“The adoption and results of enhanced CBET are positive steps forward for the audio industry.”
So say Nielsen Chief Engineer Arun Ramaswamy and Nielsen Audio Managing Director Brad Kelly. They write in a blog post that since February a year ago, average quarter hour audience for audio has grown 13% in portable people meter markets among persons 6 and older. “This year-over-year growth in audience reflects a significant improvement in our PPM measurement system,” they argue.
PPM has been at the heart of industry controversy involving embedded audio “watermarks.” Its accuracy came under heightened scrutiny when 25-Seven Systems introduced its Voltair monitor/processor to much hullabaloo last year, to a disapproving response from Nielsen.
Nielsen then announced plans for a “significant enhancement” to CBET, introduced in the fourth quarter. Some 3,000 U.S. stations now have enhanced CBET — about three-quarters of subscribers, Nielsen said, and about 80% of minutes measured by PPM.
It seems likely that debate will carry over into the aisles and sessions of the NAB Show next month. Just last week, the makers of Voltair put out a statement that “still provides broadcasters with a significant ratings advantage, even on enhanced CBET.”
Now comes Nielsen’s blog post and the accompanying graphics shown here. Without mentioning Voltair, the authors said they intended their enhancements to bring audio metrics in line with other media and better reflect a complex consumer environment, where people are exposed to more variety of media, with more simultaneous usage.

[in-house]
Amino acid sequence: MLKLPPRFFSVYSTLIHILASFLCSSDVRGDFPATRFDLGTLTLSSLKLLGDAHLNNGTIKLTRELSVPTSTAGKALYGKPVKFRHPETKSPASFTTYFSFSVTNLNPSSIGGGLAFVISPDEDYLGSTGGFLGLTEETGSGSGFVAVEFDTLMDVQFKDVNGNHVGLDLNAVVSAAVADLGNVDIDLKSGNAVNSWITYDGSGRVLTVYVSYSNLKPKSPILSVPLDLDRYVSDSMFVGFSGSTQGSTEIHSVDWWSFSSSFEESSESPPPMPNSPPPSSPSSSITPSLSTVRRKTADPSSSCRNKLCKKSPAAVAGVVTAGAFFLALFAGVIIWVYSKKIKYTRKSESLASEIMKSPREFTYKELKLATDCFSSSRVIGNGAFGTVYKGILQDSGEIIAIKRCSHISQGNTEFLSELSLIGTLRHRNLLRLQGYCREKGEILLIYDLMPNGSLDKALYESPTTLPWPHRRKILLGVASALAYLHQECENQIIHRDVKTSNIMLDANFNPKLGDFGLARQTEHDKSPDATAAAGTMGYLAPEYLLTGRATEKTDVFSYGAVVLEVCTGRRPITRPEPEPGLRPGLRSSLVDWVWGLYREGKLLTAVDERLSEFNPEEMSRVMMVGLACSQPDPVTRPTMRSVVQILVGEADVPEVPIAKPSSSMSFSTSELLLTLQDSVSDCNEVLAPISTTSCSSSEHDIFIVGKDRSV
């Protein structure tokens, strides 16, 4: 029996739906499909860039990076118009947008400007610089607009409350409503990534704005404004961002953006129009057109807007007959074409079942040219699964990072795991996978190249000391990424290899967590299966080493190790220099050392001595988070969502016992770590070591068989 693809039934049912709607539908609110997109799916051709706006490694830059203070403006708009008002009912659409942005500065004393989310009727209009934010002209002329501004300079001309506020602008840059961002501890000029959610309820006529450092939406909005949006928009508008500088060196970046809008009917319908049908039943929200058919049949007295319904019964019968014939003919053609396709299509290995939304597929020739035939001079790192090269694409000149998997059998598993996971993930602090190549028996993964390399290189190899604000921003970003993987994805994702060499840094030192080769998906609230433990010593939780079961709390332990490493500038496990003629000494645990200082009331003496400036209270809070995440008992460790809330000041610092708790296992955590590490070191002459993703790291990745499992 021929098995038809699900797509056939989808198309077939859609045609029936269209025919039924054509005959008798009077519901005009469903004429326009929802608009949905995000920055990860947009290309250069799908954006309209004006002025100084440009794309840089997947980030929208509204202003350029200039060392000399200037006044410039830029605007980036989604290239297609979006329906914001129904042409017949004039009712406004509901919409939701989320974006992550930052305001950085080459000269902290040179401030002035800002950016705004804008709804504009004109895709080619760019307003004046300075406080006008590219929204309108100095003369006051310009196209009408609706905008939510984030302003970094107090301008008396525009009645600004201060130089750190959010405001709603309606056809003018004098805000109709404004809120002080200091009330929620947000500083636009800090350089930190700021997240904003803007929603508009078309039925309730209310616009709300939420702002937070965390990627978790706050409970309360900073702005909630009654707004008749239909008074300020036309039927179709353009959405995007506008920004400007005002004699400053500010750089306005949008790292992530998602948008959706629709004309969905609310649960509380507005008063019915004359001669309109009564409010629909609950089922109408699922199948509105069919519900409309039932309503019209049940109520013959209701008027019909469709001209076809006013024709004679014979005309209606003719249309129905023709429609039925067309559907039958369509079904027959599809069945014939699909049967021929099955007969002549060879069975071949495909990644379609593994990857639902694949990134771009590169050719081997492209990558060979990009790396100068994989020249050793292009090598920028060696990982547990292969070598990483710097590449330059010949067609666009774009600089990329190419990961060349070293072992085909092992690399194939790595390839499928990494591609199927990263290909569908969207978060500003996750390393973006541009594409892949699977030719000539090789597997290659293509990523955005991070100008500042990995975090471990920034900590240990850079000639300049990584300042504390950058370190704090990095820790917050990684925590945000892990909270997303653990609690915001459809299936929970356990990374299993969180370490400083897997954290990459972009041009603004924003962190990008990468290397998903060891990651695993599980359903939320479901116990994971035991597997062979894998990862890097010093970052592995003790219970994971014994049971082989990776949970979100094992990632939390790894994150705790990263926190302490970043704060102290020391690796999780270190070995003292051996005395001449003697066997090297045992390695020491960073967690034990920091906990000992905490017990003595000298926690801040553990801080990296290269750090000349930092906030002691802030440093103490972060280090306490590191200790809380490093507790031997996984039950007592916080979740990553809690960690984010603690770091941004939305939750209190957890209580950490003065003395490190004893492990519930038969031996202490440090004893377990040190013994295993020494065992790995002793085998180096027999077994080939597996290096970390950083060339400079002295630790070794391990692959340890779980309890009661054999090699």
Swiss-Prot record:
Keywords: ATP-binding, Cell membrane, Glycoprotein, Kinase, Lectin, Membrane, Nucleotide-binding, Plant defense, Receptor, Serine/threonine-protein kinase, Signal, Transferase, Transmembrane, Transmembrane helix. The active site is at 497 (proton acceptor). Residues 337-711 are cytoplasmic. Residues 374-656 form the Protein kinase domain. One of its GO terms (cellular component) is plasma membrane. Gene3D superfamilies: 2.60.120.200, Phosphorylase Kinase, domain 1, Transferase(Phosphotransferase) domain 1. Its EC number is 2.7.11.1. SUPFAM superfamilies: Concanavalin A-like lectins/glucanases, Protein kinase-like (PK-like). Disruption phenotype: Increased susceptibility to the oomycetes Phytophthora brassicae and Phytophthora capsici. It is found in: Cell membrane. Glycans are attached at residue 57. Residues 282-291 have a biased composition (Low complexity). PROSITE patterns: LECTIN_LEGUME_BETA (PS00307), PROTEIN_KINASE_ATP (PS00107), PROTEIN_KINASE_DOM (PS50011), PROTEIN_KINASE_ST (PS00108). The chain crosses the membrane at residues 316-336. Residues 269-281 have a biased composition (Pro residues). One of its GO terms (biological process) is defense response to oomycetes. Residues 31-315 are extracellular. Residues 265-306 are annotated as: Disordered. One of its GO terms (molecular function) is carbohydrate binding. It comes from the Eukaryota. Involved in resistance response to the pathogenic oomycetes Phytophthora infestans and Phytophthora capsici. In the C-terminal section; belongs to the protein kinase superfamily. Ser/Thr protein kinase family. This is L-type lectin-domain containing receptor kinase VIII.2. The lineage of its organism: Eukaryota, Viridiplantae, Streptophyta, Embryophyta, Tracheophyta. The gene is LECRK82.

“We’ve found that enhanced CBET makes the PPM codes stronger and more robust, which improves code detection in challenging acoustic environments such as low volume and/or high background noise conditions,” wrote Ramaswamy. He said enhanced CBET was “thoroughly tested in the lab and the field” before deployment, with feedback “from a team of technical experts from various radio groups.”
Nielsen reported that field testing found an average increase of about 15% in AQH audience compared with the prior version of CBET among tested stations. “The testing found that enhanced CBET improved detection for stations in all formats. In addition, studio testing demonstrated that enhanced CBET does not compromise audio quality.”
The company cited not only 13% year-over-year gain in listening among persons aged 6+, but found double-digit growths among millennials (aged 18–34) and the “buying demo” of people 25–54 (see first graphic). It called these results “especially impressive.” It said gains were seen in each of the major format categories compared to last year. They did not comment further in their post about implications of these findings for the accuracy of past measurements.
They conclude that their enhancement “brings audio metrics closer to how other media are measured and is better suited to today’s more complex media landscape, benefiting both broadcasters and advertisers. And it levels the playing field, because it is available on a system-wide basis and is applied in a unified manner across stations.”
The company also highlighted its new Nielsen Digital Audio Ratings service to quantify consumption of broadcast radio across all platforms including smartphones, tablets and computers.